GM: “El… we can’t be together.” Cécilia’s voice sounds strained for the first time Em can recall hearing. “Not after something like… like this. We can be friends, but… that’s all.”
Emmett: “Okay. That doesn’t change things for me, even if I’ll miss feeling like you feel safe around me.” He pauses. “The best part of love is friendship, Cécilia. If I can hear your voice and see your face and steal your attention longer than a mosquito, that’s enough.”
GM: There’s another pause. “El… I don’t want you to chase a fantasy, that I could return your feelings, when you could be meeting other girls. I don’t want to get in the way of that for you.”
Emmett: “Loving one person’s enough. If it changes, it changes. But I don’t think it will.”
He sighs. “Look, this is a lot to do over the phone. Do you want to meet up at Creole Creamery? As friends? I’ll behave, I promise.”
GM: There’s a longer pause. “El… that really doesn’t sound healthy. At all. Still wanting to love me like that, I mean.”
Emmett: “If want had anything to do with it, why would I choose to? It is what it is, Cécilia. I’m not going to chase you when you don’t want to be chased, but you can’t make me want somebody else. This is a country full of people making unhealthy decisions just because they can. I’ll pick my poison like anybody else. It ain’t your job to stop me being a fool, is it?”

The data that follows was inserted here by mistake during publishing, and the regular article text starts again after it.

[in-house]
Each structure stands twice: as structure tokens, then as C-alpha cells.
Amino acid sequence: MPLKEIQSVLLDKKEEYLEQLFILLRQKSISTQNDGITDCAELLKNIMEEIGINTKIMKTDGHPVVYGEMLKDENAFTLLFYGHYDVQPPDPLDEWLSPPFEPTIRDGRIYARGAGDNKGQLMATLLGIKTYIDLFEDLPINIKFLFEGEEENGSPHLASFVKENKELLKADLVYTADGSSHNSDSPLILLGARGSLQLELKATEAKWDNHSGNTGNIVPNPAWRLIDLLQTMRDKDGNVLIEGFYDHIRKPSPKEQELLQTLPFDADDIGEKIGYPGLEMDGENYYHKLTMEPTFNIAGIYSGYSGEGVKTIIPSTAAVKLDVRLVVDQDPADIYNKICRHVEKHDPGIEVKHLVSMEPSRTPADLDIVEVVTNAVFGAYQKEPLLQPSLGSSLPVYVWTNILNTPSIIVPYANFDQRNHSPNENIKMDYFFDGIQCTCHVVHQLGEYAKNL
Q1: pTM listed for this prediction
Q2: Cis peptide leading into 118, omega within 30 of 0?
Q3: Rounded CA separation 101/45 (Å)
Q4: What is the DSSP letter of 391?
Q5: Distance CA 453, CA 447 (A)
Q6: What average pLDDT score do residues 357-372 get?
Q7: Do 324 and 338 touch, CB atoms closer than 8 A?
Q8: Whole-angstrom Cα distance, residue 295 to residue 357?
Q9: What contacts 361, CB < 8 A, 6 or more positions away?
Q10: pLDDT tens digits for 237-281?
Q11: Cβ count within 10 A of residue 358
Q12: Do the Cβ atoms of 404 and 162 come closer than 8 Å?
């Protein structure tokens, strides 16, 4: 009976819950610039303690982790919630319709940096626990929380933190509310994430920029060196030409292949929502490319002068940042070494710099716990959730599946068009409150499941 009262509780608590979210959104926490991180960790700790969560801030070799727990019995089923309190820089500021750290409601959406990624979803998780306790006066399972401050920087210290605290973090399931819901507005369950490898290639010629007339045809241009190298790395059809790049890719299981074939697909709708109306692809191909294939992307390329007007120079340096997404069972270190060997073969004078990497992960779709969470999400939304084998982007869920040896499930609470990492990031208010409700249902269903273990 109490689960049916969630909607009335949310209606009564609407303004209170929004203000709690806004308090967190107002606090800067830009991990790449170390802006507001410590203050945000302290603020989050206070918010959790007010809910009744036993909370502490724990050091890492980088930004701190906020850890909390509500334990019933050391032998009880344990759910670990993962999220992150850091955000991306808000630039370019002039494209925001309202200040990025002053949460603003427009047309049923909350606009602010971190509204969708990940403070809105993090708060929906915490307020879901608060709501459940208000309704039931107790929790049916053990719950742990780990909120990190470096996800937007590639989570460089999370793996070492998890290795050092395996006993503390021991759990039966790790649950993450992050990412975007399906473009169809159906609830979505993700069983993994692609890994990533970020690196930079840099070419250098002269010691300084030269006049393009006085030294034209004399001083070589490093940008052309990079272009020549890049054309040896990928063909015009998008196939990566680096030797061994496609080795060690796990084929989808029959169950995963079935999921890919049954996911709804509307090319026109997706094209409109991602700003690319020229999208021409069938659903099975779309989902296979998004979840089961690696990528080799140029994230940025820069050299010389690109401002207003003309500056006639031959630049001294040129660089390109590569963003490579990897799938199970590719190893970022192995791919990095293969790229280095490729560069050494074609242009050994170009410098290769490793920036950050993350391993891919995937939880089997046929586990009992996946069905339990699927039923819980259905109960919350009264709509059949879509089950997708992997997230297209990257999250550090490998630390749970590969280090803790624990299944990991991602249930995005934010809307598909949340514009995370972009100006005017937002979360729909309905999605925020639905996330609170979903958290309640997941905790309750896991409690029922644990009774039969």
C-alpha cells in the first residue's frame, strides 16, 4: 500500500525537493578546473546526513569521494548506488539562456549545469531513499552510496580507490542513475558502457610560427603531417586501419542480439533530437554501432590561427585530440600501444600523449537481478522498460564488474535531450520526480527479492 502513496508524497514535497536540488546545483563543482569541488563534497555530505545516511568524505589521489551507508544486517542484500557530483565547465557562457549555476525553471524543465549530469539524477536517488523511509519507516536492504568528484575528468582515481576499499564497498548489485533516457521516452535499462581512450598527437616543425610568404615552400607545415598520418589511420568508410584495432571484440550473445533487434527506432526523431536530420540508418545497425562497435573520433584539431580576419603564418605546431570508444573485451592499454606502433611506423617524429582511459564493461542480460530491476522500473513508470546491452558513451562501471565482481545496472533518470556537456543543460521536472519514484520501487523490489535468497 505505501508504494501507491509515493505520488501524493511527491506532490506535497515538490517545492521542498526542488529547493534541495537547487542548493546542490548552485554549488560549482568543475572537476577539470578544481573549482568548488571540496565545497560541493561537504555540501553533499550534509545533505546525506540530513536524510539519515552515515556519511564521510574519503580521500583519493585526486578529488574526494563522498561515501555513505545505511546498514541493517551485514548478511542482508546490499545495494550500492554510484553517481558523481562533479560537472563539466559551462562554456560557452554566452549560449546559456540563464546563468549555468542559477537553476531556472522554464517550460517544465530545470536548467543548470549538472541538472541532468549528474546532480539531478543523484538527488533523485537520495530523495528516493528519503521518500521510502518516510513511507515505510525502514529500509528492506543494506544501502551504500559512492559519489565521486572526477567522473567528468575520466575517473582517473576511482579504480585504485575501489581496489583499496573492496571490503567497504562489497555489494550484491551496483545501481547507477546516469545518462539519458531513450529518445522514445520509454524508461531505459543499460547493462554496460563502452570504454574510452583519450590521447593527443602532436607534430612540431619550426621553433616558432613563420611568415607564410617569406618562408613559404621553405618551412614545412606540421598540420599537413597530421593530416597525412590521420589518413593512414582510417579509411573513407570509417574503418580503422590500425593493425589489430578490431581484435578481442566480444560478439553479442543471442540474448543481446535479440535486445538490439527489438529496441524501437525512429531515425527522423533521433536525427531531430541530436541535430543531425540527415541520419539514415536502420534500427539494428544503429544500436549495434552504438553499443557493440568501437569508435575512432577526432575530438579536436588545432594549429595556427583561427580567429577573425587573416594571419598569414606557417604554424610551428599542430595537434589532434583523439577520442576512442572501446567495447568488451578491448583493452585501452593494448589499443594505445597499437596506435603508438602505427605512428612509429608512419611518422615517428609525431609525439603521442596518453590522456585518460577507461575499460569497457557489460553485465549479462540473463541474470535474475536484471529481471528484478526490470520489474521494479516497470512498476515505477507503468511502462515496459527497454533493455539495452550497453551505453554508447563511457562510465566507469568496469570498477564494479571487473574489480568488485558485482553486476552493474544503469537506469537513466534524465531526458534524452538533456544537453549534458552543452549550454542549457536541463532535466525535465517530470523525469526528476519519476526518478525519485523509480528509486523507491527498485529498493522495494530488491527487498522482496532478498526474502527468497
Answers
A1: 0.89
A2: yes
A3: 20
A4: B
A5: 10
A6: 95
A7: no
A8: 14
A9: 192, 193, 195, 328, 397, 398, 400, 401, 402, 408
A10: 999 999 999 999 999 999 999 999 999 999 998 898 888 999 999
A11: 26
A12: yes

He laughs softly. “Creole Creamery. I’ll see you in an hour, okay? Bring a sister if you want.”
GM: Another pause. Cécilia’s voice sounds slow and withdrawn. “I don’t think that’s a good idea.”
Emmett: “Okay. But I’ll be there.”
GM: “No, don’t. I’m not going to be.”
Emmett: “I think I just want ice cream.”
GM: “Okay, fine, if you want ice cream. Treat yourself. El, this was never going to last anyway. I’m going to college next year, at Wellesley. That’ll be four years. And I’m going to grad school after that. Probably in France.”
Emmett: “Why does a thing have to last to be worth having at all? Ice cream melts. You enjoy it while it lasts.”
GM: “You don’t carry around the cone and napkins forever after it’s melted, though. You… you feel happy when you remember it, but you move on.”
Emmett: “They don’t have directors in France? What about all those movies you keep telling me to watch?”
GM: “What are…” Cécilia falls silent again. “El, tell me you’re not thinking of moving to France, just to be around me.”
Emmett: He just laughs. “You don’t lie to the people you love, Cici. I’m getting some ice cream. You don’t have to come, but you can, even if you don’t think you can. Try making a decision you want to make, instead of what people say you should want.”
She can hear him smile. “And change your voicemail. Friends don’t let friends stay boring.”
He hangs up. It’s funny, he realizes, as he sneaks out the window he always has.
He actually does want ice cream.